I am always surprised when the end of the semester comes. To me, Vanderbilt is a very boring place when students go away, especially undergraduate ones. Everybody else is so narrowly focused as not to be very interesting unless one shares the same narrow interest. Vanderbilt is a multiversity rather than a university. But what is the "uni" in a modern secular university? I am very happy that Vandy Catholic operates in some ways as a college in the university. We have a "uni" to draw us together. We have all sorts of undergraduate students, but more and more graduate ones as well, who know each other and are involved with each other, not just personally but professionally as well. When a graduate student in history took a course in the Divinity School, the professor asked her: "what are you doing in my class?" It happened to be a seminar on Aquinas. Should any scholar have to apologize for being interested in Aquinas?
Going negative a bit here -- I believe the lack of any absolute principles is the reason that Vanderbilt has been unable effectively to stand up to the hook-up culture. We have been through the trauma here of one of our students doing what the university cannot do: offering a rational critique of the promiscuous sexuality that is so rampant on college campuses. This university is so tied to the relativism of the age that it cannot even speak out when a student is attacked for daring to offer a rationale that the hook-up culture is bad for students. It was not always so at Vanderbilt. In Nashville, there is a publication that prints old newspaper articles from different years past but which occurred in the same month. It is a funny concept, and I cannot fathom how it is profitable. There surely cannot be enough people like me who are nostalgic about "old" Nashville. Anyhow, in the May edition there is an article from May of 1952 about panty raids at Vanderbilt. The Chancellor at the time had no difficulty in denouncing the perpetrators in the most uncompromising terms. Of course, at the time Vanderbilt was complacent about racial segregation so I guess it all depends on where your blind spots are. Today the Chancellor of Vanderbilt would have no difficulty in denouncing smoking but would have the greatest possible difficulty in addressing fornication. The point is that there is no rationale beyond current fashion. Vanderbilt, like the other "universities," is simply a smart and wealthy voice of the present moment. It cannot step out of the intellectual fashion of the moment. To do so would risk the scorn of it peers, and when its excellence is largely based on reputation it cannot afford to do that.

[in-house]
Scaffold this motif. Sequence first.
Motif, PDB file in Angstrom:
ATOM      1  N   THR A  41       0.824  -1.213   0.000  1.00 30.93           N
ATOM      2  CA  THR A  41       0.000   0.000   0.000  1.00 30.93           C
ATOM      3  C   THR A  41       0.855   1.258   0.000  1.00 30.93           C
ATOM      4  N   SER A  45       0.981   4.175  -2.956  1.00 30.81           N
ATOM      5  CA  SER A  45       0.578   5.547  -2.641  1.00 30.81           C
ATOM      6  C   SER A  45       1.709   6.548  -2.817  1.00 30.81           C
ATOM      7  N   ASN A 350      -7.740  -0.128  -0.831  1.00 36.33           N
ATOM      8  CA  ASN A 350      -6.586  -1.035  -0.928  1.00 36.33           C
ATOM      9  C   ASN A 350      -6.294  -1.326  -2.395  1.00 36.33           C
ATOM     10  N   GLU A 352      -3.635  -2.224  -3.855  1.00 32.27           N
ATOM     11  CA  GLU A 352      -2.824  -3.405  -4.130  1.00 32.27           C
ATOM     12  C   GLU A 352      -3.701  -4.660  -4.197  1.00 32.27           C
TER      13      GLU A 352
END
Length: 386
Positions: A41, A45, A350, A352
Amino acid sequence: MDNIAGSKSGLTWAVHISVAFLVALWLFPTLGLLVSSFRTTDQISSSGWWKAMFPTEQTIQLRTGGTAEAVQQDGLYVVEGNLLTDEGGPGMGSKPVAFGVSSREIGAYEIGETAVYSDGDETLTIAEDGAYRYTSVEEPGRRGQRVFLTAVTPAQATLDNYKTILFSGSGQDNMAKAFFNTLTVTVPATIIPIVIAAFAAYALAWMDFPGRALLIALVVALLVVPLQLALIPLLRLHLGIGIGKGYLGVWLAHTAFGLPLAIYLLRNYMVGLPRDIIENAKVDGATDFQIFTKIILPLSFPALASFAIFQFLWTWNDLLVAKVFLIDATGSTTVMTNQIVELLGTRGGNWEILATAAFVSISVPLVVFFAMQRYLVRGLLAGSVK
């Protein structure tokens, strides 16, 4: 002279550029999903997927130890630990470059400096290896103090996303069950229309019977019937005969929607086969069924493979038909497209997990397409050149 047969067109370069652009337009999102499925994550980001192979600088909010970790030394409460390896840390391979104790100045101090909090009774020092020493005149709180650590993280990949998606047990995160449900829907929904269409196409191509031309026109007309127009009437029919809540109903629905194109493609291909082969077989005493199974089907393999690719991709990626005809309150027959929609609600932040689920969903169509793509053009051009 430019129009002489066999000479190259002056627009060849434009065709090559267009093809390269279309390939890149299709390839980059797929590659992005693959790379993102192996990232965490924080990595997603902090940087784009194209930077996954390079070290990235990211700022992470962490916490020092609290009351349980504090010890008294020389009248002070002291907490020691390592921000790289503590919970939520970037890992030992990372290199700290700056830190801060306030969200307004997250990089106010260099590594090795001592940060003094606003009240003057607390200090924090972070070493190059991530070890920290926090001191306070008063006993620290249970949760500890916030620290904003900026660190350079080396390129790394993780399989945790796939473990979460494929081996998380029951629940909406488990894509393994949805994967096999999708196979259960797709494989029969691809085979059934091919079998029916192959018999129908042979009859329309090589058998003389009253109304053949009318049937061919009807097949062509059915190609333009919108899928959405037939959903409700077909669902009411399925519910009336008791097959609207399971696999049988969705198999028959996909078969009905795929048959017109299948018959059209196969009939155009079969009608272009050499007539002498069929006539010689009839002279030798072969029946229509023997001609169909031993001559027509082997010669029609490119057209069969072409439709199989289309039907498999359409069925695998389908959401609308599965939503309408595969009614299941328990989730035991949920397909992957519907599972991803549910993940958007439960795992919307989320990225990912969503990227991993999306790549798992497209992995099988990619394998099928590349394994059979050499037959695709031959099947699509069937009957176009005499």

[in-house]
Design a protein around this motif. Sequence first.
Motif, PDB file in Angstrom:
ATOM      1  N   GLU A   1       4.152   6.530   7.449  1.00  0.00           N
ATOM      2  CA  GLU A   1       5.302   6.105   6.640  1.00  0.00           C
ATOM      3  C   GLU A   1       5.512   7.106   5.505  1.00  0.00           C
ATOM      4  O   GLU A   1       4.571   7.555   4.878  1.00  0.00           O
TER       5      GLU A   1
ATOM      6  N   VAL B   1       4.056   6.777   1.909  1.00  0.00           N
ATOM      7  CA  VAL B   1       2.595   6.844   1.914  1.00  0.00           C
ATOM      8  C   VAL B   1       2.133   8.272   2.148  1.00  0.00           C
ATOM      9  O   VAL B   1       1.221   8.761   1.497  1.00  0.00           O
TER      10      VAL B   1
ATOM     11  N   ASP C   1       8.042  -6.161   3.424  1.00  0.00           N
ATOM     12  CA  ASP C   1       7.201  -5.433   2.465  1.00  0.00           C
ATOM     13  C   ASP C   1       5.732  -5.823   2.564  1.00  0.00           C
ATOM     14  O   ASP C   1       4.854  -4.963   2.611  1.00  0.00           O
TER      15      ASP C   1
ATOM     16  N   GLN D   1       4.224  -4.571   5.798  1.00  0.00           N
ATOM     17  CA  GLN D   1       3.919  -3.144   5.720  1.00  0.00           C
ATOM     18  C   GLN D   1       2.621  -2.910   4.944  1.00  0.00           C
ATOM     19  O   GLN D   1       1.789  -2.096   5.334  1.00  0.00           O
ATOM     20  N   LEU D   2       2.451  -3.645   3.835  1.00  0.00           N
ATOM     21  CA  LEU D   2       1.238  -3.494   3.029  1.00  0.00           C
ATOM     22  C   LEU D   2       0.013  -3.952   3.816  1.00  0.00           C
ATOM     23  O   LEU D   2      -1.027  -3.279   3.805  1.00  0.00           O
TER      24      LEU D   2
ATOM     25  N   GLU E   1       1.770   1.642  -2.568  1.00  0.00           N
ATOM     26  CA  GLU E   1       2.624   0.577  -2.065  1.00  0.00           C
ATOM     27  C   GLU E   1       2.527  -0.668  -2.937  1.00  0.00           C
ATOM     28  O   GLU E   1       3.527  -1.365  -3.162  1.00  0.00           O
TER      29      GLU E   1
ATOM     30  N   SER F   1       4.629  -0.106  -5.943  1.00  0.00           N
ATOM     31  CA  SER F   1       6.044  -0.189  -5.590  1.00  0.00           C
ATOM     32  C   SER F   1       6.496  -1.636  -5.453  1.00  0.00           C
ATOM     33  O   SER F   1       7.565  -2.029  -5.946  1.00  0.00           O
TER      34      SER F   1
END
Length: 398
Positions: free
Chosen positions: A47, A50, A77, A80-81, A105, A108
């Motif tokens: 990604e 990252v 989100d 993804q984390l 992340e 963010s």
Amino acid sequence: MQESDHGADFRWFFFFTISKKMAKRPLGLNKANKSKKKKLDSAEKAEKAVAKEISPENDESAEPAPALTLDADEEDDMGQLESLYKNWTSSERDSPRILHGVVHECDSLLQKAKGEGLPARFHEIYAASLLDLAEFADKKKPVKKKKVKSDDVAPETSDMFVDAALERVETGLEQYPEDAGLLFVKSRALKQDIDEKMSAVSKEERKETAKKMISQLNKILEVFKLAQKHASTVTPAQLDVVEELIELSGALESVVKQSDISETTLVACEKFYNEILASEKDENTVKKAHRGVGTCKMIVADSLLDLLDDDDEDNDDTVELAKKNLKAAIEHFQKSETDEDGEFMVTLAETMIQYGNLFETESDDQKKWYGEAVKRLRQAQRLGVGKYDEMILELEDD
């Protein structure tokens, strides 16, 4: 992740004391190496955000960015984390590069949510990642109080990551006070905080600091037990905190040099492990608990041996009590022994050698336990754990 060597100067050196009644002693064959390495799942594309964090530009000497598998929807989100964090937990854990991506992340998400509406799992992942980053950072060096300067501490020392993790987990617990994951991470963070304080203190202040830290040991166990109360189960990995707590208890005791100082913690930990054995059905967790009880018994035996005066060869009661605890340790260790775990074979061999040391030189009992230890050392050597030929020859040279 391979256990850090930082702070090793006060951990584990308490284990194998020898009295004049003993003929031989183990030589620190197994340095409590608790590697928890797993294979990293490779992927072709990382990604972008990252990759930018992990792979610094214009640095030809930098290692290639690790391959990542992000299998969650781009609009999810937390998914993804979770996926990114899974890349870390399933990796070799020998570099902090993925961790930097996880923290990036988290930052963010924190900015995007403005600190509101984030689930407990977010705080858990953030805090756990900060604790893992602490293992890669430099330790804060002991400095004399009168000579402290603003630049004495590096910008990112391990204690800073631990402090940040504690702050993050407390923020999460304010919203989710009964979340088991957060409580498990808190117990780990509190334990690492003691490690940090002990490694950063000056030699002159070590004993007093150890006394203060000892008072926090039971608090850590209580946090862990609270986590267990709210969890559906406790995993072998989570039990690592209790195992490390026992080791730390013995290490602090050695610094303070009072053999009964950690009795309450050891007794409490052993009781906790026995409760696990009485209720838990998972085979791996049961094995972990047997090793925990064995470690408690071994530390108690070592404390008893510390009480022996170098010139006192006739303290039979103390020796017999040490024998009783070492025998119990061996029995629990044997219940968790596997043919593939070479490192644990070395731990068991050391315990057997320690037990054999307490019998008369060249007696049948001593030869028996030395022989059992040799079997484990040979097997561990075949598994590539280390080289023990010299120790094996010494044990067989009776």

OK, back to the positive! I think that Vandy Catholic is a place where students can be really liberal -- really free, especially of the present moment. I don't want students who all think alike, and I don't think that they do. They do think. And they think from the same first principles (-- that is the hallmark of our "college" and may there be other "colleges" that really think from first principles!) Those principles lead in the same general direction, but the divergences are fun. We have a "saving trees/saving souls" debate that resurfaces every couple of years when a new crop of leaders cycles through. Ah, this brings me back to the beginning: the transitoriness of being a university chaplain. But isn't transitoriness reality for a Christian in this world?